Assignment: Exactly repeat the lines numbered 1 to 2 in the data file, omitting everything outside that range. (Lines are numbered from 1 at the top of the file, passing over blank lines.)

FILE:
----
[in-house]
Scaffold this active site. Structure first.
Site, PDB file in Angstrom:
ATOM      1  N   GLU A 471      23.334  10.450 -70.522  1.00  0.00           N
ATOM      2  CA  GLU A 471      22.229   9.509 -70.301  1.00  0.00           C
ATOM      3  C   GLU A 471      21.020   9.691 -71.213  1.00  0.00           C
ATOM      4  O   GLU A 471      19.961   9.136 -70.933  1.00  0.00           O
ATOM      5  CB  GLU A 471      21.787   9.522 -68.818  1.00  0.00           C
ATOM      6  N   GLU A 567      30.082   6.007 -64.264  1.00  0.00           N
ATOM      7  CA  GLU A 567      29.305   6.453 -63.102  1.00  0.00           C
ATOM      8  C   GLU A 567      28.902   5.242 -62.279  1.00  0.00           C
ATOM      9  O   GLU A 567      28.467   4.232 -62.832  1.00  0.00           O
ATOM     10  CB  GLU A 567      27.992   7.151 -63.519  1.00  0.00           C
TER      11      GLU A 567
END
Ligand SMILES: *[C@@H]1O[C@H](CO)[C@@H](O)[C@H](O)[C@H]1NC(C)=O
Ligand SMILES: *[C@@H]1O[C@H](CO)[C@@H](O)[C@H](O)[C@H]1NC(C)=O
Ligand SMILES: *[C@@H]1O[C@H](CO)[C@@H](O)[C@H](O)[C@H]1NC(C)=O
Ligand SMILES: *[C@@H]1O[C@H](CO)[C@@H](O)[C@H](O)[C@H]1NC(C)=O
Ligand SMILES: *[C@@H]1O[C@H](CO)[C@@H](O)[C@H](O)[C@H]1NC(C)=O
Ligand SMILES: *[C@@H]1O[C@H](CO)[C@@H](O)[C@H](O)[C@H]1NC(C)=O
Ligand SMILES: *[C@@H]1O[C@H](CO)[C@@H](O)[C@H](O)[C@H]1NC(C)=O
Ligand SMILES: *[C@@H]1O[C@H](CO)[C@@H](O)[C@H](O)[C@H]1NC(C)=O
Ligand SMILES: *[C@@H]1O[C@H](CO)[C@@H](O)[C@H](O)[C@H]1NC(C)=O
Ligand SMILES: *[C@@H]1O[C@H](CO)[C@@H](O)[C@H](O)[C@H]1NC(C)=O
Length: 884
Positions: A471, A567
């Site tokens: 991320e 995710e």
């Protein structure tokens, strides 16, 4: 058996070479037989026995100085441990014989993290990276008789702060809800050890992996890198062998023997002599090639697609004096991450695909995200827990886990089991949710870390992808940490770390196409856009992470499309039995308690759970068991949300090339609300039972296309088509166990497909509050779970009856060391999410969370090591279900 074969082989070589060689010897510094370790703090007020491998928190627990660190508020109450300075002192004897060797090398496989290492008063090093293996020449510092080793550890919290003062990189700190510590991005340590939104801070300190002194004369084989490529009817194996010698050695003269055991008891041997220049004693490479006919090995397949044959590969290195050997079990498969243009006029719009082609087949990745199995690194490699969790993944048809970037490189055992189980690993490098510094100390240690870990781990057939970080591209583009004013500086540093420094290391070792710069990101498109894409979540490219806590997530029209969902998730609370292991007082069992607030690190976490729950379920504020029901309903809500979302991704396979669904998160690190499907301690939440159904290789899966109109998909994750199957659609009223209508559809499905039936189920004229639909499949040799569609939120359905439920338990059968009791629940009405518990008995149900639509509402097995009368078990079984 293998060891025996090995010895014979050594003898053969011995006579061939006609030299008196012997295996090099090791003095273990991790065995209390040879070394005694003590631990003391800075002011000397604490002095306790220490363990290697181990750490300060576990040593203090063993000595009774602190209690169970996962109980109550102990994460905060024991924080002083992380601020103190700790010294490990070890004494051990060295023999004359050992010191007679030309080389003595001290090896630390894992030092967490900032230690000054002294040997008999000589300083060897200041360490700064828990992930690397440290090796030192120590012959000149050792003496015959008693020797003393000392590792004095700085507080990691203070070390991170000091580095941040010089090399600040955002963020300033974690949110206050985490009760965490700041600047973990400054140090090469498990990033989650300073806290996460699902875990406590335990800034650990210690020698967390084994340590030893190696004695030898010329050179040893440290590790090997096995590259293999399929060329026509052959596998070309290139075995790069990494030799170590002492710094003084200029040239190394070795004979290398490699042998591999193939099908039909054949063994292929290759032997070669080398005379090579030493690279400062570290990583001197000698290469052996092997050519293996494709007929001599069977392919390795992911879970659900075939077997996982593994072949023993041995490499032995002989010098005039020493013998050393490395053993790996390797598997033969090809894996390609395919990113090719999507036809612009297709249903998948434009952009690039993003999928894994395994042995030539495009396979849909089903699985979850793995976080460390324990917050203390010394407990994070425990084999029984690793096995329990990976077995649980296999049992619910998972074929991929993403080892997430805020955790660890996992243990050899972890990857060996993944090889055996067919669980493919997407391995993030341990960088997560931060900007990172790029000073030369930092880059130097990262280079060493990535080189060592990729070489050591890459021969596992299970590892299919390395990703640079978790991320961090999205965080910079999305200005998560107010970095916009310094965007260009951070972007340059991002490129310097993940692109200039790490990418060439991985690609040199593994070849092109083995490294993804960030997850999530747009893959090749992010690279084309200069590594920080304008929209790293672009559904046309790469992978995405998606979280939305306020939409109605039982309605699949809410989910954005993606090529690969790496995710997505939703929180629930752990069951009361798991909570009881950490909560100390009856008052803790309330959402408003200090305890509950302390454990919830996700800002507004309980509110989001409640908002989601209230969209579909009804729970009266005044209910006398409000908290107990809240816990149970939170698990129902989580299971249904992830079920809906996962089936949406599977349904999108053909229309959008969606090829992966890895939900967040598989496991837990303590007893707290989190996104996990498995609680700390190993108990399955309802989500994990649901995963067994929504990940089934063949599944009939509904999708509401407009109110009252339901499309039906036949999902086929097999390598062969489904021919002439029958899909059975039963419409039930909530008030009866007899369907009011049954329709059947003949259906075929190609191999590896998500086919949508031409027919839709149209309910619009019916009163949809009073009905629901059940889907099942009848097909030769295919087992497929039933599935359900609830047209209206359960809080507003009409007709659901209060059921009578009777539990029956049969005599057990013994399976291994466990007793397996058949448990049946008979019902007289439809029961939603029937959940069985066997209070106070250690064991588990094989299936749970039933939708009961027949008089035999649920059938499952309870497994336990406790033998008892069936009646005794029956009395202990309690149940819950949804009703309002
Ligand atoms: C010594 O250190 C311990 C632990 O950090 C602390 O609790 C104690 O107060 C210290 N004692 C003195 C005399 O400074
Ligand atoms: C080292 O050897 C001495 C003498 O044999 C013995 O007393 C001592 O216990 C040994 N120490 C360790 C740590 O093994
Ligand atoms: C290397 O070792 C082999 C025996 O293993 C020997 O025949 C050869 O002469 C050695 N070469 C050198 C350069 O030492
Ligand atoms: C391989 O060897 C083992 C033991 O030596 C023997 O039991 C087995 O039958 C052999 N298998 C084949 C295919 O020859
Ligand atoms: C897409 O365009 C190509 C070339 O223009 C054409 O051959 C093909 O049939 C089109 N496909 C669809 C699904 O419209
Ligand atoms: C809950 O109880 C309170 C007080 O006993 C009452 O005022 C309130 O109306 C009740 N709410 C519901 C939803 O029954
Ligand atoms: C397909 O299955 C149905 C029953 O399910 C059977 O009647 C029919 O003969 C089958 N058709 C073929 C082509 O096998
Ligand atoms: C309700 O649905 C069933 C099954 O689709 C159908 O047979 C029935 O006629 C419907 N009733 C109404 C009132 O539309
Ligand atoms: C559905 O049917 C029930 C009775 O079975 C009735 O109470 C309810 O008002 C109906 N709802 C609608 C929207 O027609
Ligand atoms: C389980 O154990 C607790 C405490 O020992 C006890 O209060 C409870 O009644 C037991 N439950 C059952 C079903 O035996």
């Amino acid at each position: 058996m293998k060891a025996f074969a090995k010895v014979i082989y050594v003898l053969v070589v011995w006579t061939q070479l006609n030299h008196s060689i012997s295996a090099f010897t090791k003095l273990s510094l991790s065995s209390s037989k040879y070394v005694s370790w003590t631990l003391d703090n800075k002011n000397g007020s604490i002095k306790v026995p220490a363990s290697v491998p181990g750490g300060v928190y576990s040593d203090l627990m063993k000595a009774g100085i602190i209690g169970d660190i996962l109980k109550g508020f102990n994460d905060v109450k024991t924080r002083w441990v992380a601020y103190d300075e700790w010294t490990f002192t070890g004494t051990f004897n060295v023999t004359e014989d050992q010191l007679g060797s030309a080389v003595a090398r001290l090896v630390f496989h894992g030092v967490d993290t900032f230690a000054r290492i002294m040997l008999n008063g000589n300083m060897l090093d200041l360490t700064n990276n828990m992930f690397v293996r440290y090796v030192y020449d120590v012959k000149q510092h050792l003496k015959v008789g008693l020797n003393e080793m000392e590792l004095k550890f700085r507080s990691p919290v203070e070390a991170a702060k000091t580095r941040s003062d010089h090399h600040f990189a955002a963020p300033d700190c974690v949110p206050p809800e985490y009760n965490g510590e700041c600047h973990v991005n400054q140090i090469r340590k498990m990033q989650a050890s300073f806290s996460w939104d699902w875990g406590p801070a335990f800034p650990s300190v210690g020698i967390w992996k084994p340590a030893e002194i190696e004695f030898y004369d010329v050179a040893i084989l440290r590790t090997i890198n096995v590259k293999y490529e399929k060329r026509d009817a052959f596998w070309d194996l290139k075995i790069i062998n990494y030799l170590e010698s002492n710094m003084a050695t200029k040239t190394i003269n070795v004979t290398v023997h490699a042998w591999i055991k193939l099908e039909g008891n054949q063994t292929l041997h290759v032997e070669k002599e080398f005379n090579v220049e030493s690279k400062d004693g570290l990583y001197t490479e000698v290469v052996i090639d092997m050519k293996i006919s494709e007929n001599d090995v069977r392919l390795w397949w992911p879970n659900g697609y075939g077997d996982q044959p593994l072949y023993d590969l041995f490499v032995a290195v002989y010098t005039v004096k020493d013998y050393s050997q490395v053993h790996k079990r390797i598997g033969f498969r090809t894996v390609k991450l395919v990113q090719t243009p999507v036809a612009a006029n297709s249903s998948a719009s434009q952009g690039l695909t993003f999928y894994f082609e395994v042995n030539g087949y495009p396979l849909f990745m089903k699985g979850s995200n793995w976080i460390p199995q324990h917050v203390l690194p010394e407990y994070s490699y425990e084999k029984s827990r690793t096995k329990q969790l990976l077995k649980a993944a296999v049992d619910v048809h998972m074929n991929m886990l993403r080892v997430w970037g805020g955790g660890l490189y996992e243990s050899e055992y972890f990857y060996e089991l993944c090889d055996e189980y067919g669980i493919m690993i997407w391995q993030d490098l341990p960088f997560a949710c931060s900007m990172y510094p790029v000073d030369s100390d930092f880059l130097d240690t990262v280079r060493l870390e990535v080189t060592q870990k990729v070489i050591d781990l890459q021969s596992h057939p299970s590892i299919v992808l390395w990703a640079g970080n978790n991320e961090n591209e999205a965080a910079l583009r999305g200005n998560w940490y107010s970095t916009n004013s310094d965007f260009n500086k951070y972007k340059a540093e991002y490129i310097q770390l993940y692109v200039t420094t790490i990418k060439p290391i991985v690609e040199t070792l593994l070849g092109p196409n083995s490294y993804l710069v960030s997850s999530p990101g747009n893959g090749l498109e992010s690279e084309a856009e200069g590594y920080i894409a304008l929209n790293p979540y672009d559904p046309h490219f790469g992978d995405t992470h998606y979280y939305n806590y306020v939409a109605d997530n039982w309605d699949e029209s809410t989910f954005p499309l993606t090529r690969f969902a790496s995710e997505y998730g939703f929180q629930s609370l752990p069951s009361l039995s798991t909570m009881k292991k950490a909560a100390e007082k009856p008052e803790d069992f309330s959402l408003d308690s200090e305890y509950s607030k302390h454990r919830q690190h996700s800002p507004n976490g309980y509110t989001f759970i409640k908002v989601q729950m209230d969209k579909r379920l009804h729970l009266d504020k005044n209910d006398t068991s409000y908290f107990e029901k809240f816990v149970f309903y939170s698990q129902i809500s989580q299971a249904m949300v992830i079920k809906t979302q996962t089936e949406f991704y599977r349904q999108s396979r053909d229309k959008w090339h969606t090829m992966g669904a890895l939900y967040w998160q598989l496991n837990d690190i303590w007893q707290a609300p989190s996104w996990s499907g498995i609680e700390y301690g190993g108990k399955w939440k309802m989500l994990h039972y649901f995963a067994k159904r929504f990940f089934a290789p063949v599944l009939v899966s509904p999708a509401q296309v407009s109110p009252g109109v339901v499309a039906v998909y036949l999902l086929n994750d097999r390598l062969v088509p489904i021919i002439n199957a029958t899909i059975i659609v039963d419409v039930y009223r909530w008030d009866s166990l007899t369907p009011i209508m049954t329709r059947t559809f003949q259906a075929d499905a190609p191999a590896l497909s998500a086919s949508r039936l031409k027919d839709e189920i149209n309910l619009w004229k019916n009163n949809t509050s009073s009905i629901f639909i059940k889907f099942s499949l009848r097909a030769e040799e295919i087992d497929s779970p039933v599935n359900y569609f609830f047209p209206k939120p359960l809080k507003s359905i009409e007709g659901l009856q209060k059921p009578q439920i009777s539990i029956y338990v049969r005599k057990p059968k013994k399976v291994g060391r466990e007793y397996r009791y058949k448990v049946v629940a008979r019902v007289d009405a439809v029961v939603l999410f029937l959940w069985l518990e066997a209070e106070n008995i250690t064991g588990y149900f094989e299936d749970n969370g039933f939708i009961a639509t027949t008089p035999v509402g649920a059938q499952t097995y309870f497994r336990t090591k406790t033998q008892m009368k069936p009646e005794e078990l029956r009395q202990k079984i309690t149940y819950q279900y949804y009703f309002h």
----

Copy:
[in-house]
Scaffold this active site. Structure first.